The five New Zealand teams currently occupy third, fifth, seventh, eighth and ninth positions on the table, and there is now at least one derby game each round until the end of the season. This means the teams can only take more points off each other, making things even tighter in the conference. And almost impossible for tipsters.

Who will be top of the conference at season's end? Better folk than I might have an opinion. The run home shows how tough things will be:

Hurricanes (26pts, 5 wins): Waratahs (Away), Rebels (A), Highlanders, Chiefs, Blues (A), Crusaders, Chiefs (A), bye.

Chiefs (25pts, 4 wins): Lions, Blues (New Plymouth), bye, Hurricanes (A), Waratahs (New Plymouth), Highlanders (A), Hurricanes, Blues (A).

Highlanders (24pts, 5 wins): Stormers (A), Lions, Hurricanes (A), Crusaders, Reds (A), Chiefs, Waratahs (A), Crusaders (A).

Crusaders (22pts, 5 wins): Brumbies, Reds (A), Sharks, Highlanders (A), Force, Hurricanes (A), Blues, Highlanders.

Blues (20pts, 4 wins): Reds, Chiefs (A), bye, Sharks (North Harbour), Hurricanes, Force (A), Crusaders (A), Chiefs.

Questions for the Waratahs?

Blues 21-13 Waratahs (Australia only)

If the definition of madness is to continue doing things exactly the same way but hoping for different results, could we be in for some shuffling from the Waratahs over the next few weeks as they battle to stay in touch with a top-two position they still maintain is their goal?

Currently sixth on 24 points, the Waratahs are one of four teams with five wins, from their nine games played so far. Over the history of the conference format, 10 wins has been the cut-off for the top six; and in some years 10 wins still didn't guarantee a spot.

To get to 10 wins, the Waratahs must win at least five of their final seven games, which includes three away from their Sydney Football Stadium home plus one more derby game at Homebush. On current standings, four of those seven games are against teams placed lower on the table.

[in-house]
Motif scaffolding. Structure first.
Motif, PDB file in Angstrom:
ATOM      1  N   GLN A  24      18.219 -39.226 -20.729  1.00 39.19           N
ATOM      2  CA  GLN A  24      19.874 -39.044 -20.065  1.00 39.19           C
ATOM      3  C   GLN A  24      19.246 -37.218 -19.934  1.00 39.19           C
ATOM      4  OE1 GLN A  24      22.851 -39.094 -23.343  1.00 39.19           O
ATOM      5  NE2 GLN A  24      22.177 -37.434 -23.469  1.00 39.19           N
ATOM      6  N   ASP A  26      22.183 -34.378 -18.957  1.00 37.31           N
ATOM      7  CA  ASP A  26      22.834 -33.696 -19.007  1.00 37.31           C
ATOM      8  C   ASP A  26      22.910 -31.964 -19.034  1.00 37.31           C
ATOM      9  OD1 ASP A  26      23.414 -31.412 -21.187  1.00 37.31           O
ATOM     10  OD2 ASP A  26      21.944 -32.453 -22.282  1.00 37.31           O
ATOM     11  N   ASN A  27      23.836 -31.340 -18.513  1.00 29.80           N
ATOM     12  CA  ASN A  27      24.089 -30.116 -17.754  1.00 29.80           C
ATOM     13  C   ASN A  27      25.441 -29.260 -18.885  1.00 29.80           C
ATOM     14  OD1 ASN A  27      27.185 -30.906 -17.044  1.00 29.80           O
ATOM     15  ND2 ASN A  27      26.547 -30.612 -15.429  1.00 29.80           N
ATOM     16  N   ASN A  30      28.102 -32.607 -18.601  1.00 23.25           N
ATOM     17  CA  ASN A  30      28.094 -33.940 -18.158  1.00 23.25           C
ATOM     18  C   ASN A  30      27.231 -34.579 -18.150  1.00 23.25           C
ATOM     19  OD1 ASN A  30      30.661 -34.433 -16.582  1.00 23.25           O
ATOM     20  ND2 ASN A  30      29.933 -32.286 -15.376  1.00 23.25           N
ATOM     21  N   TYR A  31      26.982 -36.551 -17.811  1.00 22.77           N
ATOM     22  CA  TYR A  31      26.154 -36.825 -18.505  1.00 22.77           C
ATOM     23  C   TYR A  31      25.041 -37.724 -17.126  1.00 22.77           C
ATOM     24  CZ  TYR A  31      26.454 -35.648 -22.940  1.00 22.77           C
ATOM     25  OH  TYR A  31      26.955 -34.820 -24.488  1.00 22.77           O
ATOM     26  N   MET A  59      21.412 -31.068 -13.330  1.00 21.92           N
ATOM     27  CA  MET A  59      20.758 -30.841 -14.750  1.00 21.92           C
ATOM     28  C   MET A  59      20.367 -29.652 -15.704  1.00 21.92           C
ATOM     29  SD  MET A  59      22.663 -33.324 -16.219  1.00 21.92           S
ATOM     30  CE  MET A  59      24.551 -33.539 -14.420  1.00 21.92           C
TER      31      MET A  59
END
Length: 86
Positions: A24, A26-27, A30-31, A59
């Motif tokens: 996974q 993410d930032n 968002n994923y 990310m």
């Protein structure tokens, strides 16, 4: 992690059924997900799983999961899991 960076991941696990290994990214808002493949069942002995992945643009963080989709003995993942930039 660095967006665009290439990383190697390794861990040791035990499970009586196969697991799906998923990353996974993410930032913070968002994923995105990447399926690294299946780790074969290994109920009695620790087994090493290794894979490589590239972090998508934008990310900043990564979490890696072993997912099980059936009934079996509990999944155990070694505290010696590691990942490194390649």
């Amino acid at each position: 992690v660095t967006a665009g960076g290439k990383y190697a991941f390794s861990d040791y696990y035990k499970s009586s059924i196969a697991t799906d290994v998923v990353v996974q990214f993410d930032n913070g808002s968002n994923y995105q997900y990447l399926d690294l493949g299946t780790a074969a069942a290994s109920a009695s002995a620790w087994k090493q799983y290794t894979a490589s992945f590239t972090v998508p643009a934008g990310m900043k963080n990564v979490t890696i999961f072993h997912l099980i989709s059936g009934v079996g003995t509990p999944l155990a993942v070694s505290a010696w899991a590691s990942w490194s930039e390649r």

But given that 10 wins may not be enough, the Tahs will also need more bonus points. And this might be where some shuffling is needed because the tries have somewhat dried up in recent times. The Waratahs started the season with a bang, scoring 11 tries in their first two games, and their tally stood at 17 after round six. But they've since managed only five more tries in five games.

The common train of thought seems to be that Kurtley Beale needs a run at fly-half, and that the twin-playmakers game isn't working. But that twin-playmakers game also netted those 17 tries to round six, which would seem to point to other problems.

Certainly, their scrum isn't the power it once was. Benn Robinson still appears to be struggling with the new engagements, and Sekope Kepu was hooked in the 28th minute on Friday in Auckland, having been on the end of a Tony Woodcock masterclass. Around the field, too, there's many a question as to whether the Waratahs forwards are providing enough of a platform.

Whatever the problem, Michael Cheika has to try something. As Henry Ford said: "If you always do what you've always done, you'll always get what you've always got."

And what of the Reds?

Frankly, I think they're done. Using 10 wins as the required mark to play finals football again, the Reds - currently with three wins - must win every game before the end of the season.

Reds coach Richard Graham said over the weekend: "We've got to continue to believe that we're a bloody good side capable of turning this around and gathering some momentum and posting a number of consecutive wins together." But that statement doesn't recognise how many of that "bloody good side" are a long way off their best form.

The back-row has really missed Liam Gill, and pilfering the ball has become a rare event, while the backline attack appears impotent at best and clueless at worst. They're completely dependent on Quade Cooper to spark something, and when he has an off night, as he did in Wellington on Saturday, that's them done for in the attacking stakes. And now, Will Genia is in some doubt to play the Blues on Friday night, after rolling his right ankle badly against the Hurricanes.

Graham is said to be feeling the heat, but it's only going to intensify if he can't spark his "bloody good side" out of their current funk.

Discuss the Scrum5 talking points via the comments below, or jump onto Twitter and tell the world using the #Scrum5 hashtag.